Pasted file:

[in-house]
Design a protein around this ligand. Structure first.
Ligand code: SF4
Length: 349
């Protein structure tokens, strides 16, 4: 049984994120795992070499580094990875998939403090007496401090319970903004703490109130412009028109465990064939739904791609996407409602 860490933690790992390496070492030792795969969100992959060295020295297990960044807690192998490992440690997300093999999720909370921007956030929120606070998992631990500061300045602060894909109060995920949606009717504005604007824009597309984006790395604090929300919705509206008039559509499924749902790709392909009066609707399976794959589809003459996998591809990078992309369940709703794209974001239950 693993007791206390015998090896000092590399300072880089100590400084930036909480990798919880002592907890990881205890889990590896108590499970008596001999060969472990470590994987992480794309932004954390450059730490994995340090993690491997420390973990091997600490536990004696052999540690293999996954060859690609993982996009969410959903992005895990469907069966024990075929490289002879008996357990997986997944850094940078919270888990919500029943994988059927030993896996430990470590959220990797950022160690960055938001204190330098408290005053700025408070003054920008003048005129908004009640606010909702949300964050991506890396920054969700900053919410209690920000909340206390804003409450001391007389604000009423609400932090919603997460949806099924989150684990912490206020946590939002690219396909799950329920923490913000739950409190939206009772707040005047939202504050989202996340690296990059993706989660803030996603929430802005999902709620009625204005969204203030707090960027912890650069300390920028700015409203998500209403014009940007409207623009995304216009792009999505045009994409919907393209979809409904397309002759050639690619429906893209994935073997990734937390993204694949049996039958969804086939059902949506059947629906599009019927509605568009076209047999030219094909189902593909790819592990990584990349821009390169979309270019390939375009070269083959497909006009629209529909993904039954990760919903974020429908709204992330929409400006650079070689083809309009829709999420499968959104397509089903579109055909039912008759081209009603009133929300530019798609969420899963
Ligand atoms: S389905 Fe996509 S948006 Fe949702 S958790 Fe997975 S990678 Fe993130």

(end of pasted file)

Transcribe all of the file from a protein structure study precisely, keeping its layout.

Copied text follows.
[in-house]
Design a protein around this ligand. Structure first.
Ligand code: SF4
Length: 349
């Protein structure tokens, strides 16, 4: 049984994120795992070499580094990875998939403090007496401090319970903004703490109130412009028109465990064939739904791609996407409602 860490933690790992390496070492030792795969969100992959060295020295297990960044807690192998490992440690997300093999999720909370921007956030929120606070998992631990500061300045602060894909109060995920949606009717504005604007824009597309984006790395604090929300919705509206008039559509499924749902790709392909009066609707399976794959589809003459996998591809990078992309369940709703794209974001239950 693993007791206390015998090896000092590399300072880089100590400084930036909480990798919880002592907890990881205890889990590896108590499970008596001999060969472990470590994987992480794309932004954390450059730490994995340090993690491997420390973990091997600490536990004696052999540690293999996954060859690609993982996009969410959903992005895990469907069966024990075929490289002879008996357990997986997944850094940078919270888990919500029943994988059927030993896996430990470590959220990797950022160690960055938001204190330098408290005053700025408070003054920008003048005129908004009640606010909702949300964050991506890396920054969700900053919410209690920000909340206390804003409450001391007389604000009423609400932090919603997460949806099924989150684990912490206020946590939002690219396909799950329920923490913000739950409190939206009772707040005047939202504050989202996340690296990059993706989660803030996603929430802005999902709620009625204005969204203030707090960027912890650069300390920028700015409203998500209403014009940007409207623009995304216009792009999505045009994409919907393209979809409904397309002759050639690619429906893209994935073997990734937390993204694949049996039958969804086939059902949506059947629906599009019927509605568009076209047999030219094909189902593909790819592990990584990349821009390169979309270019390939375009070269083959497909006009629209529909993904039954990760919903974020429908709204992330929409400006650079070689083809309009829709999420499968959104397509089903579109055909039912008759081209009603009133929300530019798609969420899963
Ligand atoms: S389905 Fe996509 S948006 Fe949702 S958790 Fe997975 S990678 Fe993130």